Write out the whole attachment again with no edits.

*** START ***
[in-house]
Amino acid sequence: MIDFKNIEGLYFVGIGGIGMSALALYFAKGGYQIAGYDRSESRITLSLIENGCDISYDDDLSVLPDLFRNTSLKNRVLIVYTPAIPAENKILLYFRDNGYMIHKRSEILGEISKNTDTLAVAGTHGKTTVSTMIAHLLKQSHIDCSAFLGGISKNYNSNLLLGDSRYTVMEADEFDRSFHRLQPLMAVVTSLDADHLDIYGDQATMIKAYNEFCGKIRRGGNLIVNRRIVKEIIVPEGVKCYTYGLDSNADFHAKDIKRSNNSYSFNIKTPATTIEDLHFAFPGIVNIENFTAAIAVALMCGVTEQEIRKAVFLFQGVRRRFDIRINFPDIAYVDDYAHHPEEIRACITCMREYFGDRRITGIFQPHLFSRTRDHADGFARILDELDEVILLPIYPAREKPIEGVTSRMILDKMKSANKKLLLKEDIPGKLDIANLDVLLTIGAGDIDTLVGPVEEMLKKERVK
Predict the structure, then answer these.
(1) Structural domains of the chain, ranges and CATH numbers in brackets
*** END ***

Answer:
[in-house]
Amino acid sequence: MIDFKNIEGLYFVGIGGIGMSALALYFAKGGYQIAGYDRSESRITLSLIENGCDISYDDDLSVLPDLFRNTSLKNRVLIVYTPAIPAENKILLYFRDNGYMIHKRSEILGEISKNTDTLAVAGTHGKTTVSTMIAHLLKQSHIDCSAFLGGISKNYNSNLLLGDSRYTVMEADEFDRSFHRLQPLMAVVTSLDADHLDIYGDQATMIKAYNEFCGKIRRGGNLIVNRRIVKEIIVPEGVKCYTYGLDSNADFHAKDIKRSNNSYSFNIKTPATTIEDLHFAFPGIVNIENFTAAIAVALMCGVTEQEIRKAVFLFQGVRRRFDIRINFPDIAYVDDYAHHPEEIRACITCMREYFGDRRITGIFQPHLFSRTRDHADGFARILDELDEVILLPIYPAREKPIEGVTSRMILDKMKSANKKLLLKEDIPGKLDIANLDVLLTIGAGDIDTLVGPVEEMLKKERVK
Predict the structure, then answer these.
(1) Structural domains of the chain, ranges and CATH numbers in brackets